But with the queen’s new edicts against all magic and magical creatures, there is unrest in the kingdom. The sea monsters have grown bold, with no sea witches to hold them back, and the forests are filled with bandits. The people are starting to notice that the king has become no more than the queen’s puppet and there are rumors of a possible rebellion, and of a mysterious man who has been rescuing witches from fires and helping the downtrodden.

In her secluded valley Isabeau is about to turn sixteen, which means that it is time for her to be tested for the Coven, although most of the Coven members are now dead. But as the examination is underway, Isabeau and Meghan’s home is suddenly attacked by the queen’s soldiers and Isabeau is forced to flee, in order to deliver an important package to safety. Having rarely ventured from her forest home, Isabeau is suddenly thrust out in to the world where she must rely on her wits and magical skills to guide her and keep her out of the hands of the witch hunter who are on her trail

This was the first time that I have read anything by Kate Forsyth, though I’ve been familiar with her name from seeing her books around. Although she does have some newer books out, I decided to start with the first book from her first series, mostly because I like stories about sheltered young women who are sent out into the world to defeat some evil force, usually with the use of magic. I suppose this is the female version of the classic “young farm-boy” theme, and I have enjoyed a number of other books with a similar story-line

Isabeau is young and inexperienced with the darker side of humanity, though her journey will serve to strip her of her previous naivety showing her the darkness that lurks behind many human facade. In sharp contrast to Isabeau’s guilesness personality are some other harder characters that are introduced into the story, and whom are connected to Isabeau in unexpected ways.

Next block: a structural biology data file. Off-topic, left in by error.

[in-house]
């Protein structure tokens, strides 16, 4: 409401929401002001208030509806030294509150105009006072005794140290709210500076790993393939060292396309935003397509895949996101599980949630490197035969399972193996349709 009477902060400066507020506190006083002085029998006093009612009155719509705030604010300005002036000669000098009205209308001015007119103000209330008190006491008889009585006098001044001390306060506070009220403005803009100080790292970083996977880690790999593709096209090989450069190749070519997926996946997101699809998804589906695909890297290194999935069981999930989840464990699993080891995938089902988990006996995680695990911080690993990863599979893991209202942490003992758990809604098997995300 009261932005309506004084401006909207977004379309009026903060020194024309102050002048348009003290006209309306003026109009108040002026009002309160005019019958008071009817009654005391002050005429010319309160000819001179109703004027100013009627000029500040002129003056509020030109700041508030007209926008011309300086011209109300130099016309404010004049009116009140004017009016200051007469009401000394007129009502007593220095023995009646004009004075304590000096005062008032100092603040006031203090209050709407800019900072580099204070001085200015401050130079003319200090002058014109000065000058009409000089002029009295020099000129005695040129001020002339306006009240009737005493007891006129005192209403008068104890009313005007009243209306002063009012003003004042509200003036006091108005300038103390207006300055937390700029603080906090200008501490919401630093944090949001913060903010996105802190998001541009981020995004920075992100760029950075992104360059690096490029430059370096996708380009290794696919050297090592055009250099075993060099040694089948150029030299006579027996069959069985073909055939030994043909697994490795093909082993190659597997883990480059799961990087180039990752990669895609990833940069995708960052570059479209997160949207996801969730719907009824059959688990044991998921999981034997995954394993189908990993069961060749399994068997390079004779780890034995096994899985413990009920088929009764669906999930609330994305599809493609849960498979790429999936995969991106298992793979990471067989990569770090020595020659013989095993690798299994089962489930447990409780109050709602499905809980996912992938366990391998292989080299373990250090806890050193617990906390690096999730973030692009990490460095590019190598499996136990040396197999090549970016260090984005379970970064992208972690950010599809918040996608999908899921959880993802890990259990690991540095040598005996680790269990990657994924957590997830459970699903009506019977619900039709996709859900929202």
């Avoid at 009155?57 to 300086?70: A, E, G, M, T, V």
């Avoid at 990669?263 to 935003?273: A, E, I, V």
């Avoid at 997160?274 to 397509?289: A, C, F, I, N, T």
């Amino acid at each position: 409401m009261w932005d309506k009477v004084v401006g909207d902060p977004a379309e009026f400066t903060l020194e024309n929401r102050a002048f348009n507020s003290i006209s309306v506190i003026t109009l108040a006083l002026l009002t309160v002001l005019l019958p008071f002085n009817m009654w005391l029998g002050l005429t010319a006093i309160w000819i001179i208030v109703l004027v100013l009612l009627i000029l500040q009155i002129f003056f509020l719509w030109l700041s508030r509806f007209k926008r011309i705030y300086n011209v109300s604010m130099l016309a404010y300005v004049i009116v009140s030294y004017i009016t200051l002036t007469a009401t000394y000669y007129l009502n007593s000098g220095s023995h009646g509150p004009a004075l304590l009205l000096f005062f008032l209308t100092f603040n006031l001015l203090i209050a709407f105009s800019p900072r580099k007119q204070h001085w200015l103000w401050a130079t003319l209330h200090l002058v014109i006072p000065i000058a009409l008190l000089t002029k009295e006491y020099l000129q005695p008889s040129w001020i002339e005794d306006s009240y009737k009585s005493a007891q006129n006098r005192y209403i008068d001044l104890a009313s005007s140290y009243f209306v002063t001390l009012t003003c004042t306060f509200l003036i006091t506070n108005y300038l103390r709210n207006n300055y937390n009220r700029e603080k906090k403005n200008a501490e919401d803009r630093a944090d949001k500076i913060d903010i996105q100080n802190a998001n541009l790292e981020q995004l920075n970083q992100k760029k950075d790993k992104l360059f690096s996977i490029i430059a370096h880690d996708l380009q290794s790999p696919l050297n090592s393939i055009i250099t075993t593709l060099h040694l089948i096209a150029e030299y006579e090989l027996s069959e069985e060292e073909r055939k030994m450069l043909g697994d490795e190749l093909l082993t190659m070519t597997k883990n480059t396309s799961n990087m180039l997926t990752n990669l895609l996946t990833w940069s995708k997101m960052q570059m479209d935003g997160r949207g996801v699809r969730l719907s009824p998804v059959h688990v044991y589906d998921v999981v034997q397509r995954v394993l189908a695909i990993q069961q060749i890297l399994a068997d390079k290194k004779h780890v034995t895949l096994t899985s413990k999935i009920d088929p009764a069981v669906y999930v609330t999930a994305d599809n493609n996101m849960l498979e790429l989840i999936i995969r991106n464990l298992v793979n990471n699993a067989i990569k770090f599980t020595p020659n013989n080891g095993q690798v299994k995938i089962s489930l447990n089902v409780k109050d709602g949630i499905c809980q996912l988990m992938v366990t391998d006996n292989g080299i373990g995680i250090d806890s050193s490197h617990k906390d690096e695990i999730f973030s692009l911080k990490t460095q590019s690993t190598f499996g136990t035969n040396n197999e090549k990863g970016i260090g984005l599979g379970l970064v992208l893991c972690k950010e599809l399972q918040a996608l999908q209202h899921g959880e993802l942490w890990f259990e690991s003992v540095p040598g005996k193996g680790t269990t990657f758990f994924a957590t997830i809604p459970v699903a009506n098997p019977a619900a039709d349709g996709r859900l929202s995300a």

Unfortunately the book ended before I got the chance to discover how the characters were affected by their experiences, and I believe my enjoyment of the rest of the series will strongly depend on how the author proceeds with the character development. I would expect Isabeau’s character in particular to be more nuanced, though I hope to see some real growth in all the other characters as well, in the following book.

The Witches of Eileannen was a pretty good book which- for the most part- I enjoyed, though it did have its slow moments. While Isabeau starts off as the central characters, the focus of the story branches off to follow the progress of some of the other characters, and not all of these side stories interested me as much as Isabeau’s did. Though once the narration caught up with Isabeau again, my interest was rekindled.

I think this would be a good book for someone starting out in fantasy who doesn’t already have set expectations. The tone reminds me of a David Eddings or Terry Brooks novel, with the prose being more mild and the characters less complex than in the more recent fantasies. It’s a good book to start with before trying out some of the edgier and more complex recent fantasies. Though the vanilla tone of the prose can be misleading, as events do get surprisingly dark at some points, which I was really not expecting.

Had The Witches of Eileannen been a recent release I would have been really frustrated at the abrupt ending, and irritated at having to wait for the sequel. But one of the advantages of reading an older book is that the following books have already been written and are usually easily attainable. And so, I have already gotten a hold of the sequel, The Pool of Two Moons, and I look forward to getting started on it soon.

Wednesday, May 12, 2010

Favorite Fictional Character

Posted by Simcha 4:08 AM, under | 9 comments

Favorite Fictional Character
Hosted by Ryan at Wordsmithonia


It's been a while since I last did a FFC post but I really want to get started again since I very much enjoy them. So this week I've chosen a very special fictional character who has been a favorite of mine since I was a child. A character who is practically perfect in every way...

Mary Poppins!!

I don't think I need to explain who Mary Poppins is since I can't imagine there is anyone who is not familiar with her, though I do want to clarify that I'm referring to the Disney version of Mary Poppins (played by the wonderful Julie Andrews). While I've never read the books on which the movie is based, I've heard that the original Mary Poppins is not quite as pleasant as the movie one, so she is the one that I'm going with (which I will openly state, despite being given a hard time when I made a similar comment regarding Peter Pan)